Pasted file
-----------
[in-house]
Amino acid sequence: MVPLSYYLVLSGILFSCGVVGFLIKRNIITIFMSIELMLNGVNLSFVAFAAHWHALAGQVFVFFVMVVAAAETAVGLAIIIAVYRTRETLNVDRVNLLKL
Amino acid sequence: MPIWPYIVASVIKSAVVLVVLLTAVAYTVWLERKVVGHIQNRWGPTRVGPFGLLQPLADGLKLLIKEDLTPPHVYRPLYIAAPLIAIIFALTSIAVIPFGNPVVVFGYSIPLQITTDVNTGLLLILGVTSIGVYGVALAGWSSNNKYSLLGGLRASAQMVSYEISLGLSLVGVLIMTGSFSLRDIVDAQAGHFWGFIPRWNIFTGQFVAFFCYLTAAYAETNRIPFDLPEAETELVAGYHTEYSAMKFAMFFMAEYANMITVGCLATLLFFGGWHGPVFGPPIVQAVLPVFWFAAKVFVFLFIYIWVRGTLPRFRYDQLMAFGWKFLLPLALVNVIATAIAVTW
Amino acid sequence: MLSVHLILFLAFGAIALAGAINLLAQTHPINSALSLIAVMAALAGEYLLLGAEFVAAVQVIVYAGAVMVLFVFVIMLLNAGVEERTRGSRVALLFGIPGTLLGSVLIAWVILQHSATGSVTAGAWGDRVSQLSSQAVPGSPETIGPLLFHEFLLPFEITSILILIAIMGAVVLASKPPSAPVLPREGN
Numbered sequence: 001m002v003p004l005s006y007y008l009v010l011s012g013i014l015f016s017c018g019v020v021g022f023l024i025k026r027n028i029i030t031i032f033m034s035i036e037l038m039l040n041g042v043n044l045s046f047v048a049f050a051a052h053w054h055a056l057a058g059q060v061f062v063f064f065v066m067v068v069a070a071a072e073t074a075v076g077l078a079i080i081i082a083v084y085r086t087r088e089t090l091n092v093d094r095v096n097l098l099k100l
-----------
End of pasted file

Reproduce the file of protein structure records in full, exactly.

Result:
[in-house]
Amino acid sequence: MVPLSYYLVLSGILFSCGVVGFLIKRNIITIFMSIELMLNGVNLSFVAFAAHWHALAGQVFVFFVMVVAAAETAVGLAIIIAVYRTRETLNVDRVNLLKL
Amino acid sequence: MPIWPYIVASVIKSAVVLVVLLTAVAYTVWLERKVVGHIQNRWGPTRVGPFGLLQPLADGLKLLIKEDLTPPHVYRPLYIAAPLIAIIFALTSIAVIPFGNPVVVFGYSIPLQITTDVNTGLLLILGVTSIGVYGVALAGWSSNNKYSLLGGLRASAQMVSYEISLGLSLVGVLIMTGSFSLRDIVDAQAGHFWGFIPRWNIFTGQFVAFFCYLTAAYAETNRIPFDLPEAETELVAGYHTEYSAMKFAMFFMAEYANMITVGCLATLLFFGGWHGPVFGPPIVQAVLPVFWFAAKVFVFLFIYIWVRGTLPRFRYDQLMAFGWKFLLPLALVNVIATAIAVTW
Amino acid sequence: MLSVHLILFLAFGAIALAGAINLLAQTHPINSALSLIAVMAALAGEYLLLGAEFVAAVQVIVYAGAVMVLFVFVIMLLNAGVEERTRGSRVALLFGIPGTLLGSVLIAWVILQHSATGSVTAGAWGDRVSQLSSQAVPGSPETIGPLLFHEFLLPFEITSILILIAIMGAVVLASKPPSAPVLPREGN
Numbered sequence: 001m002v003p004l005s006y007y008l009v010l011s012g013i014l015f016s017c018g019v020v021g022f023l024i025k026r027n028i029i030t031i032f033m034s035i036e037l038m039l040n041g042v043n044l045s046f047v048a049f050a051a052h053w054h055a056l057a058g059q060v061f062v063f064f065v066m067v068v069a070a071a072e073t074a075v076g077l078a079i080i081i082a083v084y085r086t087r088e089t090l091n092v093d094r095v096n097l098l099k100l